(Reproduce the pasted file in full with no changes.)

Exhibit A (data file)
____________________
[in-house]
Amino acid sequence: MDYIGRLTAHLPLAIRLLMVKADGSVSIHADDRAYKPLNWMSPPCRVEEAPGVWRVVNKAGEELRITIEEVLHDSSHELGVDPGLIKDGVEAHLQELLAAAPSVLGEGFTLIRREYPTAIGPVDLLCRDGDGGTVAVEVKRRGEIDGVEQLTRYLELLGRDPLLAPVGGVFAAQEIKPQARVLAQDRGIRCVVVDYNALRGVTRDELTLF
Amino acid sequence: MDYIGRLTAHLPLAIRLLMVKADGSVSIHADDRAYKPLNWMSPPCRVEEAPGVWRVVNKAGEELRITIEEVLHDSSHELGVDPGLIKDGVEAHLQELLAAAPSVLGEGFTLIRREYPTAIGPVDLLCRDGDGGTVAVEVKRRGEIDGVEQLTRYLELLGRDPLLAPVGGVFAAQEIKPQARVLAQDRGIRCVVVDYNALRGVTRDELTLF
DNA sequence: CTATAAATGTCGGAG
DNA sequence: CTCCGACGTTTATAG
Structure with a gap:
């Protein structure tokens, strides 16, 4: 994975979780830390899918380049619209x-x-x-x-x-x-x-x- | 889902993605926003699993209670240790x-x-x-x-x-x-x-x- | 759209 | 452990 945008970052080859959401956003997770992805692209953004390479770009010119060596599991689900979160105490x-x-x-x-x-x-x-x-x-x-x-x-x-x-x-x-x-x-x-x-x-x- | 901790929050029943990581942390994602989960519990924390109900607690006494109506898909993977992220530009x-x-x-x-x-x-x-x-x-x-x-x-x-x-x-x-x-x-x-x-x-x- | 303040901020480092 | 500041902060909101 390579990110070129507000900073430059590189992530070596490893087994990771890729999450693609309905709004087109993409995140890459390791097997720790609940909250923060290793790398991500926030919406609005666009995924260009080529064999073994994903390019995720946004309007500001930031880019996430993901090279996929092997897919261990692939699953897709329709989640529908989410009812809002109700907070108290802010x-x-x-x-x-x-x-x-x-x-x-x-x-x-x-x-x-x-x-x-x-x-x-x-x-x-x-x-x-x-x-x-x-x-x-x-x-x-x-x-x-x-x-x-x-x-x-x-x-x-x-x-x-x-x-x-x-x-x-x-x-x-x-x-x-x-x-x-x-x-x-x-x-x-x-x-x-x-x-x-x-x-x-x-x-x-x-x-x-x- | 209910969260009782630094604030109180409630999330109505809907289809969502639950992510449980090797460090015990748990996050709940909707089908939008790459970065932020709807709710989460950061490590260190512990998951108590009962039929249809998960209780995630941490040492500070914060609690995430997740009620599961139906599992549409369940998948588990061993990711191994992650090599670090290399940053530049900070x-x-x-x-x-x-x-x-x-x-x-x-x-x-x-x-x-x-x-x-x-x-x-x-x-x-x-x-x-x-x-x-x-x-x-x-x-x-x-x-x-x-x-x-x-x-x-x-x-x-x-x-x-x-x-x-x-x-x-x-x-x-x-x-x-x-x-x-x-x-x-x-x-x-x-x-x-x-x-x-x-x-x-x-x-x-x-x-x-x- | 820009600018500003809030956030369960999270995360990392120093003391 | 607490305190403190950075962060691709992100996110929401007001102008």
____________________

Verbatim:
[in-house]
Amino acid sequence: MDYIGRLTAHLPLAIRLLMVKADGSVSIHADDRAYKPLNWMSPPCRVEEAPGVWRVVNKAGEELRITIEEVLHDSSHELGVDPGLIKDGVEAHLQELLAAAPSVLGEGFTLIRREYPTAIGPVDLLCRDGDGGTVAVEVKRRGEIDGVEQLTRYLELLGRDPLLAPVGGVFAAQEIKPQARVLAQDRGIRCVVVDYNALRGVTRDELTLF
Amino acid sequence: MDYIGRLTAHLPLAIRLLMVKADGSVSIHADDRAYKPLNWMSPPCRVEEAPGVWRVVNKAGEELRITIEEVLHDSSHELGVDPGLIKDGVEAHLQELLAAAPSVLGEGFTLIRREYPTAIGPVDLLCRDGDGGTVAVEVKRRGEIDGVEQLTRYLELLGRDPLLAPVGGVFAAQEIKPQARVLAQDRGIRCVVVDYNALRGVTRDELTLF
DNA sequence: CTATAAATGTCGGAG
DNA sequence: CTCCGACGTTTATAG
Structure with a gap:
């Protein structure tokens, strides 16, 4: 994975979780830390899918380049619209x-x-x-x-x-x-x-x- | 889902993605926003699993209670240790x-x-x-x-x-x-x-x- | 759209 | 452990 945008970052080859959401956003997770992805692209953004390479770009010119060596599991689900979160105490x-x-x-x-x-x-x-x-x-x-x-x-x-x-x-x-x-x-x-x-x-x- | 901790929050029943990581942390994602989960519990924390109900607690006494109506898909993977992220530009x-x-x-x-x-x-x-x-x-x-x-x-x-x-x-x-x-x-x-x-x-x- | 303040901020480092 | 500041902060909101 390579990110070129507000900073430059590189992530070596490893087994990771890729999450693609309905709004087109993409995140890459390791097997720790609940909250923060290793790398991500926030919406609005666009995924260009080529064999073994994903390019995720946004309007500001930031880019996430993901090279996929092997897919261990692939699953897709329709989640529908989410009812809002109700907070108290802010x-x-x-x-x-x-x-x-x-x-x-x-x-x-x-x-x-x-x-x-x-x-x-x-x-x-x-x-x-x-x-x-x-x-x-x-x-x-x-x-x-x-x-x-x-x-x-x-x-x-x-x-x-x-x-x-x-x-x-x-x-x-x-x-x-x-x-x-x-x-x-x-x-x-x-x-x-x-x-x-x-x-x-x-x-x-x-x-x-x- | 209910969260009782630094604030109180409630999330109505809907289809969502639950992510449980090797460090015990748990996050709940909707089908939008790459970065932020709807709710989460950061490590260190512990998951108590009962039929249809998960209780995630941490040492500070914060609690995430997740009620599961139906599992549409369940998948588990061993990711191994992650090599670090290399940053530049900070x-x-x-x-x-x-x-x-x-x-x-x-x-x-x-x-x-x-x-x-x-x-x-x-x-x-x-x-x-x-x-x-x-x-x-x-x-x-x-x-x-x-x-x-x-x-x-x-x-x-x-x-x-x-x-x-x-x-x-x-x-x-x-x-x-x-x-x-x-x-x-x-x-x-x-x-x-x-x-x-x-x-x-x-x-x-x-x-x-x- | 820009600018500003809030956030369960999270995360990392120093003391 | 607490305190403190950075962060691709992100996110929401007001102008």